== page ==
The Belgian government has agreed a plan to help ground handler Aviapartner through the coronavirus crisis, including a €25 million lifeline.
The news comes as Aviapartner is left as the only remaining handler for passenger flights at Brussels Airport, just as flights start up again. Last week the other company active at Zaventem, Swissport, said it was stopping trading with the loss of XX jobs.
The government’s fear is that with Aviapartner as the only handler, the airport could be thrown into chaos if it succumbs to its own financial problems.
The plan first has to overcome a number of possible hurdles.
Tomorrow sees the first of those, when the plan will be presented to the Federal Holding and Investment Company (SPFI). They have the job of approving the plan and putting it into action.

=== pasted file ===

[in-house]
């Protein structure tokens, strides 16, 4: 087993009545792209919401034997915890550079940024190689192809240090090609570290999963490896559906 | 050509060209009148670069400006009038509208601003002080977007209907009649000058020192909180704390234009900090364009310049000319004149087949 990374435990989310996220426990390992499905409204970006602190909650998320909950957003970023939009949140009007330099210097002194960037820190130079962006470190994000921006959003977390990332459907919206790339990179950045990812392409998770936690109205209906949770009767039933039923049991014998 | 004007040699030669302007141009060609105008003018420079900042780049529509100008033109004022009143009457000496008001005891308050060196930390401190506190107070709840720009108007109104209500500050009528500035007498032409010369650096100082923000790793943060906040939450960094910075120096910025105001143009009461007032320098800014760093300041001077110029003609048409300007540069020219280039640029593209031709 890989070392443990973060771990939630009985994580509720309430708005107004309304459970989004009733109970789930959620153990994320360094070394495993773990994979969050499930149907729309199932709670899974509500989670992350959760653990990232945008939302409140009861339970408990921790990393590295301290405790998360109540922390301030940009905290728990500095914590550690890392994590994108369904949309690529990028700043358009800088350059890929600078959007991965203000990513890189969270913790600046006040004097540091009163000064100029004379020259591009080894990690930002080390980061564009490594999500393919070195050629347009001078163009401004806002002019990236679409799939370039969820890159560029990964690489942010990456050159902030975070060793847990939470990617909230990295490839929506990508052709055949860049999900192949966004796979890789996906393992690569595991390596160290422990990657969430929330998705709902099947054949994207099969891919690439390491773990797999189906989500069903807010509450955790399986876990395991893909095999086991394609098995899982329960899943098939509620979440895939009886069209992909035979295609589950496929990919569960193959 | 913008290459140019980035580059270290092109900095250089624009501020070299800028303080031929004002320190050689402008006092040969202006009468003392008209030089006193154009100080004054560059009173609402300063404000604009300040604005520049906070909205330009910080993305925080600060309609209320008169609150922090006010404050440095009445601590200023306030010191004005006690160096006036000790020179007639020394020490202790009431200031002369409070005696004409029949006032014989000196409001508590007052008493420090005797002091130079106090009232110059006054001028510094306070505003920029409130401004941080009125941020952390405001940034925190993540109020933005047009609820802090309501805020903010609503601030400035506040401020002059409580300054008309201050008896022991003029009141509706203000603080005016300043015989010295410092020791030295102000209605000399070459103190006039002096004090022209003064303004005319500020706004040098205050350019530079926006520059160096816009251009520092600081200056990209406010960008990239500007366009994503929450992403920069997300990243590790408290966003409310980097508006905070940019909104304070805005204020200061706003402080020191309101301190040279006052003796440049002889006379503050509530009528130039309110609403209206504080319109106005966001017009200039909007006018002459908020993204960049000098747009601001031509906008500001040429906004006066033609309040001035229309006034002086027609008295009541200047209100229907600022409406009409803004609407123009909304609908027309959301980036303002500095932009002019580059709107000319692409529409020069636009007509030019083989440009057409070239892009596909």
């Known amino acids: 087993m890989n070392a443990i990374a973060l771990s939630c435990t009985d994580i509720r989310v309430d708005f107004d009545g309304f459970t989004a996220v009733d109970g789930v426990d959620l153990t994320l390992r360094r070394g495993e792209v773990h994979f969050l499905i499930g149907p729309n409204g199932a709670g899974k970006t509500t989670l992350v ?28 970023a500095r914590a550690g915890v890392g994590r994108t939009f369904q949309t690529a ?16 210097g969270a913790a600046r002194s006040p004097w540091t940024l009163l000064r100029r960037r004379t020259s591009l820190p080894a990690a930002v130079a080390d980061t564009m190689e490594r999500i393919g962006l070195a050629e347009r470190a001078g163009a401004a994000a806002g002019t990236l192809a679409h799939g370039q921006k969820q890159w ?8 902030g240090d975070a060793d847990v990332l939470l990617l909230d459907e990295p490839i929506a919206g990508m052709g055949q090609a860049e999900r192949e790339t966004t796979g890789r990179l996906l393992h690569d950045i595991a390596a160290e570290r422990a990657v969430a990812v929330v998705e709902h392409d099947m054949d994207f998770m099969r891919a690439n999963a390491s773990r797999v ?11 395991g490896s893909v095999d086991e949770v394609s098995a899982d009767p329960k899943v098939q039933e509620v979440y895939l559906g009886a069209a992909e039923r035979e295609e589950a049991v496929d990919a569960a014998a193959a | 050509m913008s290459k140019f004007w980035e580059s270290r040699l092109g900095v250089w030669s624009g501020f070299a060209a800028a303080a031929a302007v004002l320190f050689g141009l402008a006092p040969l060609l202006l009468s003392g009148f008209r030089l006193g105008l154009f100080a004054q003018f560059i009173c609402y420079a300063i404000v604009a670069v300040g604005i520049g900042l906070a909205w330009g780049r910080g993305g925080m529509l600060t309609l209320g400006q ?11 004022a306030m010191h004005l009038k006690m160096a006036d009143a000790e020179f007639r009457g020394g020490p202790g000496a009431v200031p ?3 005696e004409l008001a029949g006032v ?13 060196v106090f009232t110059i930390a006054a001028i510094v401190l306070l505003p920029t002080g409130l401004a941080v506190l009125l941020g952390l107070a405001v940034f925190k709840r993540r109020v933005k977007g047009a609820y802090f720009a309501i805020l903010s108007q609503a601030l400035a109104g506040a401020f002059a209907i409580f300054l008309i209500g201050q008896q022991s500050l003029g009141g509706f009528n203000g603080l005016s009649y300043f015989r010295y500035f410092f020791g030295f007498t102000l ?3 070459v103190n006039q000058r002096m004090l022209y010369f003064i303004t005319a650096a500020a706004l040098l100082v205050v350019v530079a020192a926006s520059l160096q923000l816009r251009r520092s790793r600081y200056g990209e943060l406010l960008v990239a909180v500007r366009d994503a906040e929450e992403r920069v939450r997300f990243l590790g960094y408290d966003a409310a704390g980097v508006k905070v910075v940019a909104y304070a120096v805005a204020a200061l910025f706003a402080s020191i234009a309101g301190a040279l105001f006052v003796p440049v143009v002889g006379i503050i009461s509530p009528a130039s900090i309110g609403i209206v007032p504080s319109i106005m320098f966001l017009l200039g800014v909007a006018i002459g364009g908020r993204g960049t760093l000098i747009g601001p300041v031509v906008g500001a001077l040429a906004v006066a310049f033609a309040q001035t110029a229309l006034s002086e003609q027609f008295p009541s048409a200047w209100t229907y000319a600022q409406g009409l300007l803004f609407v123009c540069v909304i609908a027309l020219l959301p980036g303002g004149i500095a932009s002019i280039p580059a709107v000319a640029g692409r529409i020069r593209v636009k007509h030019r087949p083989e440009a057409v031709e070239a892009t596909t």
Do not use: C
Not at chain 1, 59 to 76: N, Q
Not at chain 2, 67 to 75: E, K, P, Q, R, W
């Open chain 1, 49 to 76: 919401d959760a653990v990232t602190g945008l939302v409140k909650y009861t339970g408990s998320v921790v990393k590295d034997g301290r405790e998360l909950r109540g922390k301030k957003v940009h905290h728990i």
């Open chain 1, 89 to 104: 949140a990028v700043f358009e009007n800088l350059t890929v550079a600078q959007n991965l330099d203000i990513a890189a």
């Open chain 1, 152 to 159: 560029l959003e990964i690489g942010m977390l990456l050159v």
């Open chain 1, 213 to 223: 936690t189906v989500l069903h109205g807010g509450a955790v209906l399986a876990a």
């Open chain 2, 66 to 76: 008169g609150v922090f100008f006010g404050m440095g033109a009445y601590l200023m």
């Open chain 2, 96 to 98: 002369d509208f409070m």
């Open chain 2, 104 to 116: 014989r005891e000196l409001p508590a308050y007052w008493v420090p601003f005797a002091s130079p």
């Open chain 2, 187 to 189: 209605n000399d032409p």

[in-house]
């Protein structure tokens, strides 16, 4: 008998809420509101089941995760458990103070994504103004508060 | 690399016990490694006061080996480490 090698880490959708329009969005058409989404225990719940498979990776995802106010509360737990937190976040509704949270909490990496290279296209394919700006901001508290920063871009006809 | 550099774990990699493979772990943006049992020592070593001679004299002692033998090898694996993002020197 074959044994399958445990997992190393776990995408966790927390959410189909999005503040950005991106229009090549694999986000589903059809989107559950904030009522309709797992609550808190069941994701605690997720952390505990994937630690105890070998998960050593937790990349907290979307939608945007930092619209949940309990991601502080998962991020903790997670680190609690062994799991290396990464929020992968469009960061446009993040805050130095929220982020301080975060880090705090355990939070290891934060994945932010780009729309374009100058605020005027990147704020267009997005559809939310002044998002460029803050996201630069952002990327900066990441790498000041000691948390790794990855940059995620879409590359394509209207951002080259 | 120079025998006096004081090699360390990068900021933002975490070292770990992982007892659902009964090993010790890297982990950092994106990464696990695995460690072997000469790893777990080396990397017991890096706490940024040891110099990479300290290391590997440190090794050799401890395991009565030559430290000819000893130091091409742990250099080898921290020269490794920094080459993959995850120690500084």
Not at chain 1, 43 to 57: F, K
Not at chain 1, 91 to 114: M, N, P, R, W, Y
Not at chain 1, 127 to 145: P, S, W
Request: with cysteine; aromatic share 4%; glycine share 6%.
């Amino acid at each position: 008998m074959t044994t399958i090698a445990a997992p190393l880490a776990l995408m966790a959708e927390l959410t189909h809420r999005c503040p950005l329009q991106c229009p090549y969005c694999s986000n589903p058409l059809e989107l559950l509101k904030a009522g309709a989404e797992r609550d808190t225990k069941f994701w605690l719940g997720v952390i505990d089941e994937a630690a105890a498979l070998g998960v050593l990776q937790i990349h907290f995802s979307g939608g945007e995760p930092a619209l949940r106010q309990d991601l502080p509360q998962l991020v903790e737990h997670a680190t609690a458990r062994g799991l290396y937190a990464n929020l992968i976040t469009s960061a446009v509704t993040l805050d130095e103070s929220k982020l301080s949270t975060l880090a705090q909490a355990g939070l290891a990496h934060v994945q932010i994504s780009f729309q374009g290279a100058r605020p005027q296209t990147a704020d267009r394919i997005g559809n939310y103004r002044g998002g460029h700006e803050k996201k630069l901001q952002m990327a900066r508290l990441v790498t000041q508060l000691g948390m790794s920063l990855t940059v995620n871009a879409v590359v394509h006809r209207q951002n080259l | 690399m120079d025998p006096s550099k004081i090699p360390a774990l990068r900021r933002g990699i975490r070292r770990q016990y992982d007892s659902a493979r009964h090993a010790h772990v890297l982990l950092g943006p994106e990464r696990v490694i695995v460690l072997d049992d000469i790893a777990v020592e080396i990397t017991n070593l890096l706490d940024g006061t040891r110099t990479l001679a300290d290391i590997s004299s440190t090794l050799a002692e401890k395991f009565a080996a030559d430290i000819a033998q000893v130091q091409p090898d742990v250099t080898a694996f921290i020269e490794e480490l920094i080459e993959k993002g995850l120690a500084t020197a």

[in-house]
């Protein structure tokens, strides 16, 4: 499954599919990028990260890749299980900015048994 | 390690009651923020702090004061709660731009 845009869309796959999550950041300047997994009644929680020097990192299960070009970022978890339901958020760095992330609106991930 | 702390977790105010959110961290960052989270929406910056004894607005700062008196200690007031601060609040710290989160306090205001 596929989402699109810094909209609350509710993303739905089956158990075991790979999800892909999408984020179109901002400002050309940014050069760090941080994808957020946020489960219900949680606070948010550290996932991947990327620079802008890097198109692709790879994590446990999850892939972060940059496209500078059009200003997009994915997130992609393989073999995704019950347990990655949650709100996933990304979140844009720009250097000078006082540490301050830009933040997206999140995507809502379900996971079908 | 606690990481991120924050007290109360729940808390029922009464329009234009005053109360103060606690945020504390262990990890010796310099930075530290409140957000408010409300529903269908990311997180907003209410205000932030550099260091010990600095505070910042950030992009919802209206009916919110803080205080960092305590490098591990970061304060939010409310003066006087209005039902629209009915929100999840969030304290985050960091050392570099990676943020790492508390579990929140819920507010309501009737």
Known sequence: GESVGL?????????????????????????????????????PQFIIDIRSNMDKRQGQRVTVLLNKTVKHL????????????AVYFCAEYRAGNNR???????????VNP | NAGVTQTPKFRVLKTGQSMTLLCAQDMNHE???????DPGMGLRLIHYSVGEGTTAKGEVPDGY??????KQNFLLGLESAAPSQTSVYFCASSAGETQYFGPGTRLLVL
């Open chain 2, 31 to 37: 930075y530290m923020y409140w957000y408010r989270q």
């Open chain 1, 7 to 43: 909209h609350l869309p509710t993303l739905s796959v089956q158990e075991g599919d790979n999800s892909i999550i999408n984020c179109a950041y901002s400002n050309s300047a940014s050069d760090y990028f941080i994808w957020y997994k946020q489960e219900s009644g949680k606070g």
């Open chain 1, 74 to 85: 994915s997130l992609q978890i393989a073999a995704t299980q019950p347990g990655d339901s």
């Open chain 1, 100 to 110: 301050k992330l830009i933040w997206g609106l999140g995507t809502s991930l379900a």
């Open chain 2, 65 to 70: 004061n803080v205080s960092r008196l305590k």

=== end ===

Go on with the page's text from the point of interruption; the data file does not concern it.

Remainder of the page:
From what little is known of the details at present, the loan to Aviapartner has the condition that the SPFI can later convert the debt into shares.
The SPFI holds some €1.6 billion in government investments, with the single largest portion apart from “others” – €407 million or 25% in aviation and airports. The portion devoted to Others (€512 million and 32%) includes the government’s holding in Bpost and the National Lottery, as well as BNP Paribas bank (2018 figures).
The plan then also requires the approval of the European Commission’s competition authority, just like any other instance of state aid to industry.
Both authorities will need to be convinced that the fate of not only the company but the airport itself could be at stake unless Aviapartner is bailed out at this critical moment.
Finally, the plan – amended if necessary – will be put to Aviapartner. The way things stand at present, it is difficult to imagine they might refuse.